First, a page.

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AN/ALQ-161A Defensive Avionics System

The AN/ALQ-161A Defensive Avionics System on the B-1B bomber identifies, acquires, denies enemy radars and missiles. Built by AIL Systems Inc., the AN/ALQ-161A is a totally integrated RF Countermeasures system

Early on, it was discovered that this ECM system could not come close to its promised capabilities due to a number of serious technical problems. When the Air Force encountered serious technical problems developing of the ALQ-161A, it initiated negotiations with the contractor aimed at `restructuring contract requirements' to `correct identified deficiencies.' At the time, the Air Force claimed to be `holding the contractor's feet to the fire' and was determined to make the ALQ-161A meet contract specifications. A plan was finalized in January 1988. Subsequent testing of the ALQ-161A in March-June 1988 revealed more `major design deficiencies.' These indicated that the system would never meet contract specifications. As a result of the new problems, further negotiations were held, resulting in still another recovery program. The contracting officer and general counsel concluded that the proposed modifications to the ALQ-161A were within the scope of the original contracts and therefore rightly charged to the original appropriations. On the basis of that determination, the Secretary of the Air Force approved a plan to use in excess of $1 billion of expired and `M' account funds to finance the contract modifications. While the GAO, after evaluating all the facts, concurred in those plans, they acknowledge that these were highly controversial decisions to say the least. The changes lowered the specified performance capabilities of the ALQ-161A and increased the cost. The original contracts contain very specific performance specifications.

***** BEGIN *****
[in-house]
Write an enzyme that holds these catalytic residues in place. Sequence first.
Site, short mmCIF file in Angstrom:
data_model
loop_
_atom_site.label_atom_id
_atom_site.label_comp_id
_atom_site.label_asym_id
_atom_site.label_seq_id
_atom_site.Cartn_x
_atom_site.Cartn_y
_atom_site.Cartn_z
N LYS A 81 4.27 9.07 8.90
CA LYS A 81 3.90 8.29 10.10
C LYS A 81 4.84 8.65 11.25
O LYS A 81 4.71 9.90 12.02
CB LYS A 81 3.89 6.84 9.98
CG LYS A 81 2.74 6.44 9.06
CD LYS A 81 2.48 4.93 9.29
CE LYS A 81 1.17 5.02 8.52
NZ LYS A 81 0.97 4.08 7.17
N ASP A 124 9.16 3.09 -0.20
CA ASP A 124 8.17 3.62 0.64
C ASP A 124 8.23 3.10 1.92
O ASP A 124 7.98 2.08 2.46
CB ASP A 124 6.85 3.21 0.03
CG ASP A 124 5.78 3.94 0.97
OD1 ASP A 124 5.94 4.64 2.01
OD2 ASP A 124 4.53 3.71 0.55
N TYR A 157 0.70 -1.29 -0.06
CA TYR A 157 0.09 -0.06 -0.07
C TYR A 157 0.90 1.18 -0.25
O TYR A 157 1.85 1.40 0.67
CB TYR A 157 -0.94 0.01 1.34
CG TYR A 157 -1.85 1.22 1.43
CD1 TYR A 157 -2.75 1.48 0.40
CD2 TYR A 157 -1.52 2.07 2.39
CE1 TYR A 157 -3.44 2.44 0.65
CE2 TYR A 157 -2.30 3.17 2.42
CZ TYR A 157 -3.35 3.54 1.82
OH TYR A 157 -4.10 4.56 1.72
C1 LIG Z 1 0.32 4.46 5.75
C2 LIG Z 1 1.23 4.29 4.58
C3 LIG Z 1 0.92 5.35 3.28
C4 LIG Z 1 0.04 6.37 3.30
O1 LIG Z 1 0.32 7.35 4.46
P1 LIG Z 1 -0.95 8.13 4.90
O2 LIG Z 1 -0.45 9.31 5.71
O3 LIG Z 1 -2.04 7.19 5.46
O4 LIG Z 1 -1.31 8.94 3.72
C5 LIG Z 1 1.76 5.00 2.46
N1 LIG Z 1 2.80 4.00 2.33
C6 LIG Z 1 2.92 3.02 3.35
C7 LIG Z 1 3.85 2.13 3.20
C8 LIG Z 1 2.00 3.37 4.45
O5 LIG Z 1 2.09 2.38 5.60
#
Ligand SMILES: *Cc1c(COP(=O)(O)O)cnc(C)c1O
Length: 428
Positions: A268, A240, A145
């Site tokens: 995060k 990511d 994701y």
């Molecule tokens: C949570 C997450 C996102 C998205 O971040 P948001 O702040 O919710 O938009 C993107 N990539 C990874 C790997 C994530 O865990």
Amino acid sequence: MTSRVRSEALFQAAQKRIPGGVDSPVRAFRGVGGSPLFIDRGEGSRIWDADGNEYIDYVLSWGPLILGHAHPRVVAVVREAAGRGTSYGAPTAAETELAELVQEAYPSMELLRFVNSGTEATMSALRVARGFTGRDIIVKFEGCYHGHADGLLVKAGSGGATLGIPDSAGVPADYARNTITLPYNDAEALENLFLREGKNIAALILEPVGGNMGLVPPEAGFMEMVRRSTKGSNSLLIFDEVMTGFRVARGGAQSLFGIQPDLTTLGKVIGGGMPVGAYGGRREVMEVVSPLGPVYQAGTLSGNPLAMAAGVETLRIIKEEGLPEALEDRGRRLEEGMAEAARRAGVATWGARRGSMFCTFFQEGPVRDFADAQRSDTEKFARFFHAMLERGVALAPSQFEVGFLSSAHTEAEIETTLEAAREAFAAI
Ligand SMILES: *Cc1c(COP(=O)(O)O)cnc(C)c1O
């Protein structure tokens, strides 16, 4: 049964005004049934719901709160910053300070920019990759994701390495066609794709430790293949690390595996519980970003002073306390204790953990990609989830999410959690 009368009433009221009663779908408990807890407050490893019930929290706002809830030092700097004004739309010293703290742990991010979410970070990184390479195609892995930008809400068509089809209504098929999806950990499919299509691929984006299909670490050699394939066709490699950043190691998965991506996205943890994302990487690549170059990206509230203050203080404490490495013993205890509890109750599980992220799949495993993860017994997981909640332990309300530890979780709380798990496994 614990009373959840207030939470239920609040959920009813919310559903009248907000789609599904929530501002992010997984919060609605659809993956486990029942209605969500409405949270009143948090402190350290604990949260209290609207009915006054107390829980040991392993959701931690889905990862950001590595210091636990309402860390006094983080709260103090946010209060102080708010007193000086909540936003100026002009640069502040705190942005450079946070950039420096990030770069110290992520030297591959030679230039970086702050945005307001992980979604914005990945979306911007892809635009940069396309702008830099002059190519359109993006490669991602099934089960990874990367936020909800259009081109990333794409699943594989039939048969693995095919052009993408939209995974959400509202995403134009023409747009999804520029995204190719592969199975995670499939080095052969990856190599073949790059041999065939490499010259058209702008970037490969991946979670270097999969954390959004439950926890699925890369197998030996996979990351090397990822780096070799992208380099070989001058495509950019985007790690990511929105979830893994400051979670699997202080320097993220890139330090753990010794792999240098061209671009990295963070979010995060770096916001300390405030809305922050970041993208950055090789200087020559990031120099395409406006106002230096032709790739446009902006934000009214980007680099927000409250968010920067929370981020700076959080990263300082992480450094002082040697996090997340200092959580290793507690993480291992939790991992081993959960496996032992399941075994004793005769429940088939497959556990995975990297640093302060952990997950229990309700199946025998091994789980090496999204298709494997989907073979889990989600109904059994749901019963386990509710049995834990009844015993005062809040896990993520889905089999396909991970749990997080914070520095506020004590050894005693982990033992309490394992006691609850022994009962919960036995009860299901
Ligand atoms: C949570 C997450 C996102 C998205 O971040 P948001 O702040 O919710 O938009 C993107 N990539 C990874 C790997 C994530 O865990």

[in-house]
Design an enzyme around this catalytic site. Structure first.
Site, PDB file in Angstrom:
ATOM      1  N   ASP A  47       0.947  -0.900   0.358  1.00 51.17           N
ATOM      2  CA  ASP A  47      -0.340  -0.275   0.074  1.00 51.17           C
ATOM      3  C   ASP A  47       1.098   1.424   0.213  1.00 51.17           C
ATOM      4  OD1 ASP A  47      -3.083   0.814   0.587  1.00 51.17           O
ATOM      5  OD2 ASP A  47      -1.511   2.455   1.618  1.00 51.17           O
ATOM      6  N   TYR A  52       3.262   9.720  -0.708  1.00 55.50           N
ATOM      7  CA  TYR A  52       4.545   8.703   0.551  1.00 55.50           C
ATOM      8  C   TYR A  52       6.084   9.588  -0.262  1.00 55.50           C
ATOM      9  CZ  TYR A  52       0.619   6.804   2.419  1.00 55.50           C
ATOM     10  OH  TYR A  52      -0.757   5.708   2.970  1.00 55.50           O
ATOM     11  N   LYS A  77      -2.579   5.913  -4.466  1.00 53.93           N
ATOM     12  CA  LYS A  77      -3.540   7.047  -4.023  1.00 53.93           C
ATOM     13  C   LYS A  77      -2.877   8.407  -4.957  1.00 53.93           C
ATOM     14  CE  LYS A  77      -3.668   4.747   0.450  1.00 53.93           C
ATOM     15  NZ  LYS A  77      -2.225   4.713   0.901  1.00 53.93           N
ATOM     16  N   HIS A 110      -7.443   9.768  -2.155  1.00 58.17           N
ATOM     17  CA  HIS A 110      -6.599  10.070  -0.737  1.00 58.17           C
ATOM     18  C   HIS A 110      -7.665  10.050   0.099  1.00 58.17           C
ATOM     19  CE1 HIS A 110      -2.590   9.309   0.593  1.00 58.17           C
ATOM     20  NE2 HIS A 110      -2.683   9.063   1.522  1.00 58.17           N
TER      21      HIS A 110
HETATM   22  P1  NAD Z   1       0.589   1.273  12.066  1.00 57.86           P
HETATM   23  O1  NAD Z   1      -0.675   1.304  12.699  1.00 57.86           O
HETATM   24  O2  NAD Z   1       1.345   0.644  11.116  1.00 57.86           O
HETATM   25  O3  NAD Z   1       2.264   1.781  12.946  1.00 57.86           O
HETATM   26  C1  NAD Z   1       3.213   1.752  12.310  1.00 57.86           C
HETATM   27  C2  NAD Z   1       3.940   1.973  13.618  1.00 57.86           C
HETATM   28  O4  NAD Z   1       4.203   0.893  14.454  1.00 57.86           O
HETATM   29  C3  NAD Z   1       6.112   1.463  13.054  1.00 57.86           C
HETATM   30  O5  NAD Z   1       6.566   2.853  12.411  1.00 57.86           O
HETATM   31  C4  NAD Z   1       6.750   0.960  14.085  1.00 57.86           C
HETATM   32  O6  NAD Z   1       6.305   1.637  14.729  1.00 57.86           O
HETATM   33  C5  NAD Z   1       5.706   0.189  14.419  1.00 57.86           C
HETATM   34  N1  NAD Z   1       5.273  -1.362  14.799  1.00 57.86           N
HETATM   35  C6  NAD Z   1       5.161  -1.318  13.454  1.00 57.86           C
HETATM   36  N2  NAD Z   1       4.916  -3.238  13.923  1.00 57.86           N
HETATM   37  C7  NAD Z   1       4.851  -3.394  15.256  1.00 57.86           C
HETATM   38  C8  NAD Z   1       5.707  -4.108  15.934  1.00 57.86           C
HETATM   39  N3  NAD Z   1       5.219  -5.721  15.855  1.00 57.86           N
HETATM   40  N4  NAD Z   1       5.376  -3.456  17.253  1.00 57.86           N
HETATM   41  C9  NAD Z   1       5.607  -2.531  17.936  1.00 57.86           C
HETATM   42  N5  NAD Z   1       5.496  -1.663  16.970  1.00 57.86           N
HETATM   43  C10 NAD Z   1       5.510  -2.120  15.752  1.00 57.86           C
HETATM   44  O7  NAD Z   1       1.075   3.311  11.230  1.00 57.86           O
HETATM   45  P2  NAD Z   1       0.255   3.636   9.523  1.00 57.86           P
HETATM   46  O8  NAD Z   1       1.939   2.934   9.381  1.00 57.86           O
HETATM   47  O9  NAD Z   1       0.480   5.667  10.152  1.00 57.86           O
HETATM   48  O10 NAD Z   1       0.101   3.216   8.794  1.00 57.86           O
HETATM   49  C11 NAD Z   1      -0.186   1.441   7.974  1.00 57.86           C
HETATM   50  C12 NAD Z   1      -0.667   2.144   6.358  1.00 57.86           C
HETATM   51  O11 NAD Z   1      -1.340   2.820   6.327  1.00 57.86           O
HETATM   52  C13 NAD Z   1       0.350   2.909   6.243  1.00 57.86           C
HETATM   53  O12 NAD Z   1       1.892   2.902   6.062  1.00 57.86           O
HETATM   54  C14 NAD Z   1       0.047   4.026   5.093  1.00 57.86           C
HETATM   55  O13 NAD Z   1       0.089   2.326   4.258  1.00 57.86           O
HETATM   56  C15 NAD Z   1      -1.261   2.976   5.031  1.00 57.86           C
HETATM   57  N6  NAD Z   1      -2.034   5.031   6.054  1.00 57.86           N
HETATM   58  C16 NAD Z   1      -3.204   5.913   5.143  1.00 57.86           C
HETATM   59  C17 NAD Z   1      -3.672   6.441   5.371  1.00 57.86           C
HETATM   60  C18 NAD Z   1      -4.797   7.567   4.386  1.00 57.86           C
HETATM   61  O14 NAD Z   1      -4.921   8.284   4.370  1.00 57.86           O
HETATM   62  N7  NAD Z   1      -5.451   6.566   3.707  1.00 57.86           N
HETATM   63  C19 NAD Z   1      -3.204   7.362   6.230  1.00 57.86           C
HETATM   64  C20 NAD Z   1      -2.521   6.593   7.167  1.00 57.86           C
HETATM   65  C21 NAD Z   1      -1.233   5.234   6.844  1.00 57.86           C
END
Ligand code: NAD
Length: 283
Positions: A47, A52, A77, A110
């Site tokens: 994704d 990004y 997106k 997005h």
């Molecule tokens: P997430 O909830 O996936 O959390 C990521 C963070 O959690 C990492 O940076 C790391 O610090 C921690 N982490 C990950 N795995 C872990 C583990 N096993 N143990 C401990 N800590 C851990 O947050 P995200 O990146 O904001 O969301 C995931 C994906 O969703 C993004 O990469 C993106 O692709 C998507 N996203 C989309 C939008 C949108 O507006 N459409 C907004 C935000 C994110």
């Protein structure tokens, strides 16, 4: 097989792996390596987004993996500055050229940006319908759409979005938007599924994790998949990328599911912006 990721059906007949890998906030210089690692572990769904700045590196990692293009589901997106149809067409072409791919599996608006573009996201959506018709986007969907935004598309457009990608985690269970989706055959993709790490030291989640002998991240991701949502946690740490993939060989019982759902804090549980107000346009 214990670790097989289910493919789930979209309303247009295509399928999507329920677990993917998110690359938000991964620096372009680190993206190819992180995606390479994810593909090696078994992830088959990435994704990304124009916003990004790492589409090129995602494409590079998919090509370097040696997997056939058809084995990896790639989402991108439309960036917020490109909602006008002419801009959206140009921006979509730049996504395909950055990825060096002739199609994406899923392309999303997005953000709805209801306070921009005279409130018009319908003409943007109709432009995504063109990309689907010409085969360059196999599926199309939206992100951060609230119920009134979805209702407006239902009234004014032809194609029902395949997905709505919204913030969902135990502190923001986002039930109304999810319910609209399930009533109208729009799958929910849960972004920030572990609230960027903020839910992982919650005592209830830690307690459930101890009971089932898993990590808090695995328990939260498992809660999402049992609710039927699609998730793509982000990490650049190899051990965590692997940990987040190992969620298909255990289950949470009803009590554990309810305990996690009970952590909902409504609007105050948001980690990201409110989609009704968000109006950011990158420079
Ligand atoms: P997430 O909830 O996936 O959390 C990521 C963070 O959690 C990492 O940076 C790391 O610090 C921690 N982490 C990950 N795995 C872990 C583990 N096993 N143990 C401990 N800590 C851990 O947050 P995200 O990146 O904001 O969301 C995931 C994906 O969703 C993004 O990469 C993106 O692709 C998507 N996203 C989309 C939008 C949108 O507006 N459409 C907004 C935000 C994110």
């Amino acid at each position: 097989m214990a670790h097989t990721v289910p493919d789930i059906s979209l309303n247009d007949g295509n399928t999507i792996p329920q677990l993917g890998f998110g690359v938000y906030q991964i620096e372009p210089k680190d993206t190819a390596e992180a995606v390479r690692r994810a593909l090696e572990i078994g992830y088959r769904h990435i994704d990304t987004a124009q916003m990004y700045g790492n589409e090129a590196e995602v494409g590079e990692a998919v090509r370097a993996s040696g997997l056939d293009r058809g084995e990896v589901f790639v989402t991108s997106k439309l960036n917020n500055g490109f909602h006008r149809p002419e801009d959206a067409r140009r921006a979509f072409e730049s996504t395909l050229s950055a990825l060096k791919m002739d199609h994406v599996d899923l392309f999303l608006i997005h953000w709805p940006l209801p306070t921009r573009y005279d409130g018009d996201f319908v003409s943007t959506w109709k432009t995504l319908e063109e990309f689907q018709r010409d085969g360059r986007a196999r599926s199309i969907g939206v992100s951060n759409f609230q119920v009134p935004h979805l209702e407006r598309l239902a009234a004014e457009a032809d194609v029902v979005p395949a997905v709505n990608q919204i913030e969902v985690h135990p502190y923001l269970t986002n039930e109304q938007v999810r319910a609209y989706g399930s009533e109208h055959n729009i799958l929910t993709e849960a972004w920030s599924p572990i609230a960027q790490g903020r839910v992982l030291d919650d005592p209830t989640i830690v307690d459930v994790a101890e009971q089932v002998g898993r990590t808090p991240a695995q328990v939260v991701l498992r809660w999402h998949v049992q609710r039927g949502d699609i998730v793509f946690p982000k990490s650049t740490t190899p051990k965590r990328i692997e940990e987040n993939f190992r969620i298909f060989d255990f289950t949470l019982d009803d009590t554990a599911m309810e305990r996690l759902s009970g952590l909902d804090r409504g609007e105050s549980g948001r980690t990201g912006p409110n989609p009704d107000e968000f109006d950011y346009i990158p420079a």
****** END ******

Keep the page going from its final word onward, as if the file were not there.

During 1990 and 1991 the Secretary of Defense developed and conducted a comprehensive program for the systematic testing of the proposed modifications of the Air Force to the f the `core configuration' modification to the ALQ-161 system plus the installation and integration of a radar warning receiver.

The system was fielded in the mid-1980's in the Mod 0 hardware configuration, and while the hardware configuration remains the same, several software modifications have been fielded which significantly improved system performance. While the B-1's defensive electronics were the main criticism of the B-1 and they will never perform as hoped, they do function well enough to let the aircraft survive existing air defenses.

The system provides 360-degree receive and jamming coverage against a large number of simultaneous threats, and also provides a Tail Warning Function (TWF) to detect incoming missiles from the aft sector. The ECM system on the aircraft sorts threats by priority and react against them automatically. The system also knows when it is dangerous to use ECM. When the system is on, it does not emit signals that would give away the B-1's position until they are needed. When jamming is used, it emits only in a certain direction. Moreover, when ECM emits jamming signals that could reveal its position, it does so only for a short time and then shuts down.

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Maintained by Robert Sherman
Originally created by John Pike
Updated Saturday, January 09, 1999 10:27:01 AM